Gaining access to the trail head is perhaps the hardest part of the Calloway Trail.
Although, after descending 700 ft. in a half mile of trail, the canyon bottom offers challenges of its own.
The Calloway Trail takes you into the central portion of West Clear Creek. Rewarding you with its twisting path downstream to serenity, solitude and canyoneering fun. Coconino sandstone walls encase the lush canyon. The clear cold water invites only the hardiest canyoneers.
Once on the canyon floor you will find yourself at a very shallow part of the creek. Don't be fooled, deeper water awaits downstream. Some of which can be avoided by finding the
rudimentary trail that peaks out here and there. We did this as a day hike so we didn't get to go as far as we would've liked, but as for pure canyon splendor, this part of West Clear Creek Rocks!
For the hardcore adventurous types, this trailhead is a good staging point for through treks to Bull Pen or upstream to the Maxwell #37, and Tramway #32 trail heads, or even up to the headwaters of West Clear Creek, Clover Creek and Willow Valley. Mind you you'll be out a week for either of these treks.
Canyon wildlife abounds here, supporting everything from the abundant crawdads, trout, lizards and birds to mountain lion and bear. As with any remote canyon area be careful, rocks here are slippery. If you get injured down in here, you'll have a ways to go to get help or medical attention due to the back roads and the canyon itself. As always pack out what you pack in and pack out any garbage that you see. Please don't build fire rings and scorch the awesome coconino sandstone like some idiot did down here and destroy fire rings if you see them anywhere. They become trash cans for more stupid people. "Boy these beer cans sure are heavier when they're empty, better leave em' here in this fire ring along with the cigarette butts so the forest service trash collection can pick it up." Enough said, have fun and take care of yourself and the canyon. - Jun 26 2003 J&SHikeCoconino FS Reports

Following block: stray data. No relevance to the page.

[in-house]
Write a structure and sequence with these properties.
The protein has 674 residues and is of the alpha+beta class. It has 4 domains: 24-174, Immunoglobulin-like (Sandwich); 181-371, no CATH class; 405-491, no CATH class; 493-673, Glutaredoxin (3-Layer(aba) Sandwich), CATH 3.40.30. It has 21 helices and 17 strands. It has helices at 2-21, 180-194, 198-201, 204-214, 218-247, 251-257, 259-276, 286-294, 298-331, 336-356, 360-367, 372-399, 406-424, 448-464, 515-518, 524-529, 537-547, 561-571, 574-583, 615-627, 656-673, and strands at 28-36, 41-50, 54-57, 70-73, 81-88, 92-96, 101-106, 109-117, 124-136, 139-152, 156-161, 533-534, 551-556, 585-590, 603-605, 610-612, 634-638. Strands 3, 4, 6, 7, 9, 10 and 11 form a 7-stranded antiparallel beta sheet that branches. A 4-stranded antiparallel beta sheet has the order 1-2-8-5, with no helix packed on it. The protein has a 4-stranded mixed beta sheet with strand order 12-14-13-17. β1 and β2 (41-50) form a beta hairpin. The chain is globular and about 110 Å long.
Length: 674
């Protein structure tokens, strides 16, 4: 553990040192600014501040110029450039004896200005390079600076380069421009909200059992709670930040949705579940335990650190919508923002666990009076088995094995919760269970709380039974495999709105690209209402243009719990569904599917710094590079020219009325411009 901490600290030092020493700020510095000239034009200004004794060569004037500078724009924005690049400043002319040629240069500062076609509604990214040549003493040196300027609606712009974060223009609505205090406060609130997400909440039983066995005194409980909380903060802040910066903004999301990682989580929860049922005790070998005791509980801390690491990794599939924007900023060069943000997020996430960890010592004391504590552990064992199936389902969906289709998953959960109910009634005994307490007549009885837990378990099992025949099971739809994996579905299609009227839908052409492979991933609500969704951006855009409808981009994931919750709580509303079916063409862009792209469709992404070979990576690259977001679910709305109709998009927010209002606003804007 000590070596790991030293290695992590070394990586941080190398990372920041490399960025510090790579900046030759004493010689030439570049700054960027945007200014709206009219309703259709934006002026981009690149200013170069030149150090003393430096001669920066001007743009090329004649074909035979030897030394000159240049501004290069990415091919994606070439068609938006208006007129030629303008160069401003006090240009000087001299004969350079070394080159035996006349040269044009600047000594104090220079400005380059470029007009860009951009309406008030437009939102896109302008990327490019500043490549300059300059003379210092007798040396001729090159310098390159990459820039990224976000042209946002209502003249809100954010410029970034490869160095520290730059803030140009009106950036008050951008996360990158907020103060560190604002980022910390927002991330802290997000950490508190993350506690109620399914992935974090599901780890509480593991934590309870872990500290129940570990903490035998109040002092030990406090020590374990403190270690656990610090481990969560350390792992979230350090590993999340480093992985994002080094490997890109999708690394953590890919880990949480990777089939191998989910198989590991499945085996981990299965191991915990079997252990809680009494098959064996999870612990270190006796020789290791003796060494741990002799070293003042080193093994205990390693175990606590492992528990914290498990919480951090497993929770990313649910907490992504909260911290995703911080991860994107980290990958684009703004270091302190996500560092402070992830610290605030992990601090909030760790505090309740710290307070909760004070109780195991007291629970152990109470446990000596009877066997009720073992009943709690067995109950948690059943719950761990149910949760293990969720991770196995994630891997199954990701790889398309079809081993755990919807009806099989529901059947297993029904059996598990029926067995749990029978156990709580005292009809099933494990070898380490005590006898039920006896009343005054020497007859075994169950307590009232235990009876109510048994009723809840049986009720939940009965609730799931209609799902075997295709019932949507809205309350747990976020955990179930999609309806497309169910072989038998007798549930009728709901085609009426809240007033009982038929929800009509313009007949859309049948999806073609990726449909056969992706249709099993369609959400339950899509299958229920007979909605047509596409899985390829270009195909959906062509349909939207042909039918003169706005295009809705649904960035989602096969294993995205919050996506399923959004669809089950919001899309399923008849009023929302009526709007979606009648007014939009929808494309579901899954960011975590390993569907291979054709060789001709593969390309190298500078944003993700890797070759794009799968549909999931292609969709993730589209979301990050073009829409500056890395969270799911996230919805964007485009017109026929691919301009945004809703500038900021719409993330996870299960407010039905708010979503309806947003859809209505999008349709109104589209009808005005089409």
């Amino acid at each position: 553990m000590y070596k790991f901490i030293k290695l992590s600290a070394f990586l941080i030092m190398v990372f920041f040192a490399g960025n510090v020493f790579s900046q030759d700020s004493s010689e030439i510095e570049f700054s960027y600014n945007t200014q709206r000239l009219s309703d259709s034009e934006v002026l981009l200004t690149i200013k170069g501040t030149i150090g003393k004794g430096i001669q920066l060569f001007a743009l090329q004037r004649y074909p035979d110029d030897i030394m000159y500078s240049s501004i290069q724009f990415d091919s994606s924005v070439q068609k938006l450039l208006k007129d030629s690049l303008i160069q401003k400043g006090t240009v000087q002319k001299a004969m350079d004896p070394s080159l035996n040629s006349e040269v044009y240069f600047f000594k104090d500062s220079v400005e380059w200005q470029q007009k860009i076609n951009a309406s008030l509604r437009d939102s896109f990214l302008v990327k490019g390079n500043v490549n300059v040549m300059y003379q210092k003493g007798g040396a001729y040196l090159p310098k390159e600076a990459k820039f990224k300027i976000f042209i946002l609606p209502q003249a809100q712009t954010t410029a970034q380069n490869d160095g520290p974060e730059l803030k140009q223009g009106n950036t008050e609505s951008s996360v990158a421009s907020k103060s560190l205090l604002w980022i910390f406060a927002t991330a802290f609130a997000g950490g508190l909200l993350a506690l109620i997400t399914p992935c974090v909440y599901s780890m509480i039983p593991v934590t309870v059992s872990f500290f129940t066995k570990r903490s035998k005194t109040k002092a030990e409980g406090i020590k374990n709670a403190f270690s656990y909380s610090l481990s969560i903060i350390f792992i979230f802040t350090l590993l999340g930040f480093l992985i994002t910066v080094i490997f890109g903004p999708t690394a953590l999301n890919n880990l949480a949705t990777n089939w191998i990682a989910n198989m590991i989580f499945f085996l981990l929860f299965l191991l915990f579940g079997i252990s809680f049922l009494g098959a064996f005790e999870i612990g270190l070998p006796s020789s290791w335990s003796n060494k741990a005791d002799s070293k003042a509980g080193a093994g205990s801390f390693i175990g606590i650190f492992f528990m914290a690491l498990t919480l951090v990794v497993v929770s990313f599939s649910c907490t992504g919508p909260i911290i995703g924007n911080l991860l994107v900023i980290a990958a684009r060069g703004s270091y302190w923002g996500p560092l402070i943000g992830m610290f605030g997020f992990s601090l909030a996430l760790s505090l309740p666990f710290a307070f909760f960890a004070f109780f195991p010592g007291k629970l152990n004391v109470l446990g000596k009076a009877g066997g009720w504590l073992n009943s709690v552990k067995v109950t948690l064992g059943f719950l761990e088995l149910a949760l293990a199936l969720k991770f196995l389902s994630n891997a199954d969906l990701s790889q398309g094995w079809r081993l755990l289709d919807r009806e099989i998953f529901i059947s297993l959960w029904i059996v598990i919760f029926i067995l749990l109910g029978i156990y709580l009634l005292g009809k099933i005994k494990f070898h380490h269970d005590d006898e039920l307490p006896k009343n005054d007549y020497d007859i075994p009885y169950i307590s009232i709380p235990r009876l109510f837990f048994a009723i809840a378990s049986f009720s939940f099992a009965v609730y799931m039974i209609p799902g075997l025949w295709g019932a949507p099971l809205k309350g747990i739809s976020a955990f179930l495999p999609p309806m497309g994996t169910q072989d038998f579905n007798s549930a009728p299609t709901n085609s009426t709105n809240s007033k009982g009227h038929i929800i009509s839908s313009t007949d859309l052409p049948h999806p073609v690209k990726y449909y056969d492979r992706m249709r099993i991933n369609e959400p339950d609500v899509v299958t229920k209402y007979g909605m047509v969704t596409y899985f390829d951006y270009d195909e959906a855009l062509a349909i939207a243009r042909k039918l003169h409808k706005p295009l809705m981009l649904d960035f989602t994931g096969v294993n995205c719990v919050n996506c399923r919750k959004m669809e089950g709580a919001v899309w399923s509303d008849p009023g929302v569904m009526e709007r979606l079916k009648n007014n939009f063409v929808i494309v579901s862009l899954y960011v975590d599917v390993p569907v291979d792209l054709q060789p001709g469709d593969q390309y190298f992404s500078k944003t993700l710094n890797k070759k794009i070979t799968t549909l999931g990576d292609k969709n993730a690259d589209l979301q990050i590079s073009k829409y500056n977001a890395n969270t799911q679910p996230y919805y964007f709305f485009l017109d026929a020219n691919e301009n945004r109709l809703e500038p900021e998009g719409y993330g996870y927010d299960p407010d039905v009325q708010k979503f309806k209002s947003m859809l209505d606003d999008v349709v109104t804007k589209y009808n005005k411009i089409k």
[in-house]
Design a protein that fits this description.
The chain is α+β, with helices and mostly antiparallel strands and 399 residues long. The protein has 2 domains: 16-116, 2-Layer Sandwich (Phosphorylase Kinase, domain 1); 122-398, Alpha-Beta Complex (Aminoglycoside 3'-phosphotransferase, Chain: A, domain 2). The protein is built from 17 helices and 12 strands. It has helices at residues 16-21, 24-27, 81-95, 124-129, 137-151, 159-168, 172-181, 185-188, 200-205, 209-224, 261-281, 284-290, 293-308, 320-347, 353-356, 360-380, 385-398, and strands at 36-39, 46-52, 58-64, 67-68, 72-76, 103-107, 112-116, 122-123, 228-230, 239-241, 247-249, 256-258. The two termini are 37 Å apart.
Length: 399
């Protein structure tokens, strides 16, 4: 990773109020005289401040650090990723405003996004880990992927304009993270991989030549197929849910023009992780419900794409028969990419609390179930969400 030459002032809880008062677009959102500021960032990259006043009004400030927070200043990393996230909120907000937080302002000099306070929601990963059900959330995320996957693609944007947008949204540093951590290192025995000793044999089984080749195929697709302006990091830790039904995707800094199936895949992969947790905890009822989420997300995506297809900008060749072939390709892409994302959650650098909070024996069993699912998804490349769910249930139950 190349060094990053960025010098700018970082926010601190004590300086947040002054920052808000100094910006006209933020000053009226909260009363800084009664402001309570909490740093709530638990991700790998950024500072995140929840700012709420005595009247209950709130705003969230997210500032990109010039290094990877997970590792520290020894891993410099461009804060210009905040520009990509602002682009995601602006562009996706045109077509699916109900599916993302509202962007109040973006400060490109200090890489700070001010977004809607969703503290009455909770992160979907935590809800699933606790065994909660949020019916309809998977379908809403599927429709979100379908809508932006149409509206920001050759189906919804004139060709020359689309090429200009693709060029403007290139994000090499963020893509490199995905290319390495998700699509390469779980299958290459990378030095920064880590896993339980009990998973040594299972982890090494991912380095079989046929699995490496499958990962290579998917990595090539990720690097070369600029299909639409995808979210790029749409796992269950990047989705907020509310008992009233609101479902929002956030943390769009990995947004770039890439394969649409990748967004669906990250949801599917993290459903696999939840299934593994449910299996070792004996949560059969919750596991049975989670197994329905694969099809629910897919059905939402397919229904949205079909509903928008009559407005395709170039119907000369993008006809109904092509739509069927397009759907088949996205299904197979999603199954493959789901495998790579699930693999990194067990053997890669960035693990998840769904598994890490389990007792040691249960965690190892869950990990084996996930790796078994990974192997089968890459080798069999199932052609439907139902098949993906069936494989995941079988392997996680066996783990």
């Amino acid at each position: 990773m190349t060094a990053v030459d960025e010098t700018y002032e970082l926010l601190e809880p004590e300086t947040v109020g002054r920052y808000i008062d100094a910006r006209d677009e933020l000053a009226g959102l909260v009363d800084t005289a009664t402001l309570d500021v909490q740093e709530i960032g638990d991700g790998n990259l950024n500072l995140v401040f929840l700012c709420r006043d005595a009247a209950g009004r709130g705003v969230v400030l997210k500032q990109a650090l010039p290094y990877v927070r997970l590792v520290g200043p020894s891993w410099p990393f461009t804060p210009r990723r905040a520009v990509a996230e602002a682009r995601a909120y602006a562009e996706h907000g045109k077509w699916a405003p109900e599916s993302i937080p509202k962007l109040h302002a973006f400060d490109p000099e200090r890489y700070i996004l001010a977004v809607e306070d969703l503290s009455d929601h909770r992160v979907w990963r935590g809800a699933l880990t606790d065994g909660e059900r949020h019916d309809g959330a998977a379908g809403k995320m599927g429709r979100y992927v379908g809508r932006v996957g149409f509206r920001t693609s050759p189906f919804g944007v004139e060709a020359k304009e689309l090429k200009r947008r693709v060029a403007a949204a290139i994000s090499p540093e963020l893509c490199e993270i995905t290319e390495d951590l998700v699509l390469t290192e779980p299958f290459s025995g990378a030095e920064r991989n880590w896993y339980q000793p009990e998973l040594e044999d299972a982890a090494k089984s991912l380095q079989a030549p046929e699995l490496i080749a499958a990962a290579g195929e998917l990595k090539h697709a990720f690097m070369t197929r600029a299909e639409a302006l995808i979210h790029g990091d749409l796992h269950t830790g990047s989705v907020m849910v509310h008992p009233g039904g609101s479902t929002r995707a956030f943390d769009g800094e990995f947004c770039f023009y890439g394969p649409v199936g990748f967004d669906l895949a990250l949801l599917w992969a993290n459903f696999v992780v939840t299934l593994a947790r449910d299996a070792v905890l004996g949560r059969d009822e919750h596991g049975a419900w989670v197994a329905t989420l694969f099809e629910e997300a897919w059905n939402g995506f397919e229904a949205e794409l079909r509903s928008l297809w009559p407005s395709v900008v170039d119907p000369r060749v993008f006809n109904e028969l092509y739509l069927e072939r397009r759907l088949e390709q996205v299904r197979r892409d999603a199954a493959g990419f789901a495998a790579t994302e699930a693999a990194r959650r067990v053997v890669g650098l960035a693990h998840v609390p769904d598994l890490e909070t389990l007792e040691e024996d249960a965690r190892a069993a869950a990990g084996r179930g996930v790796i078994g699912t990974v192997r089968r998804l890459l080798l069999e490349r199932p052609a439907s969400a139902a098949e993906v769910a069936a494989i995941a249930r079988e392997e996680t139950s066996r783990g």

The Calloway Trail starts at the north end of the parking area where it affords a good view into the steep-walled canyon of West Clear Creek. Some of the rock strata visible from the rim includes limestone laid when the area was covered by a shallow sea, and sandstone, the result of deposition as ocean sediment and eolian (windblown) accumulation. Notice the cross-bedding apparent in the wind-deposited sandstone. The vegetation on the north-facing slope of Douglas fir, ponderosa pine, and Gambel oak stands in contrast to the vegetation on the hotter and drier south-facing slope across the canyon. Once at the bottom of the canyon, it is possible to access areas up and down stream by wading and boulder hopping. The vegetation near the creek consists of riparian species such as cattails, locust, wild grape, willow, box elder and poison ivy. Learn to identify and avoid this three-leaved plant. The creek provides habitat for suckers, blue gill, and trout.